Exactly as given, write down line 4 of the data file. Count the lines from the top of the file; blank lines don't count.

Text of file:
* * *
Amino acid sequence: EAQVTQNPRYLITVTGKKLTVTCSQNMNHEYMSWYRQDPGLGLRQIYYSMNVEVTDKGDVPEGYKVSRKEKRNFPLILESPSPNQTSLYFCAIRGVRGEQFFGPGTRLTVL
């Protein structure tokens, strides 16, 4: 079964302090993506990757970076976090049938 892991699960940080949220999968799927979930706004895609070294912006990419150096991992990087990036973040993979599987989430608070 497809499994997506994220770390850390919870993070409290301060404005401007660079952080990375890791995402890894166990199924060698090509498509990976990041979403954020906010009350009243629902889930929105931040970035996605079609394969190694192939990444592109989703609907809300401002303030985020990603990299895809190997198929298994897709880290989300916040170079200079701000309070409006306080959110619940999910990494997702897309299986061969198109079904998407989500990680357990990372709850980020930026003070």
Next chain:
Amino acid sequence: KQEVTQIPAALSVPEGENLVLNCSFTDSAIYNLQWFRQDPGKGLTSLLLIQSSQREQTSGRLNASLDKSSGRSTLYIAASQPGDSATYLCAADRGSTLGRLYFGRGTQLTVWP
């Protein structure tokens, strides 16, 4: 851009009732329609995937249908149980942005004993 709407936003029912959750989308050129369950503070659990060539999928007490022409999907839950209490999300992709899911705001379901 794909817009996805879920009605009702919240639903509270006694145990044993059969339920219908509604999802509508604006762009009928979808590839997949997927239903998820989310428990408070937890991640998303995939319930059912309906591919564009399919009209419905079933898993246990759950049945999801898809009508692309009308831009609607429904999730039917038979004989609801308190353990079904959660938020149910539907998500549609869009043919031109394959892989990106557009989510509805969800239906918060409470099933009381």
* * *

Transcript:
Amino acid sequence: KQEVTQIPAALSVPEGENLVLNCSFTDSAIYNLQWFRQDPGKGLTSLLLIQSSQREQTSGRLNASLDKSSGRSTLYIAASQPGDSATYLCAADRGSTLGRLYFGRGTQLTVWP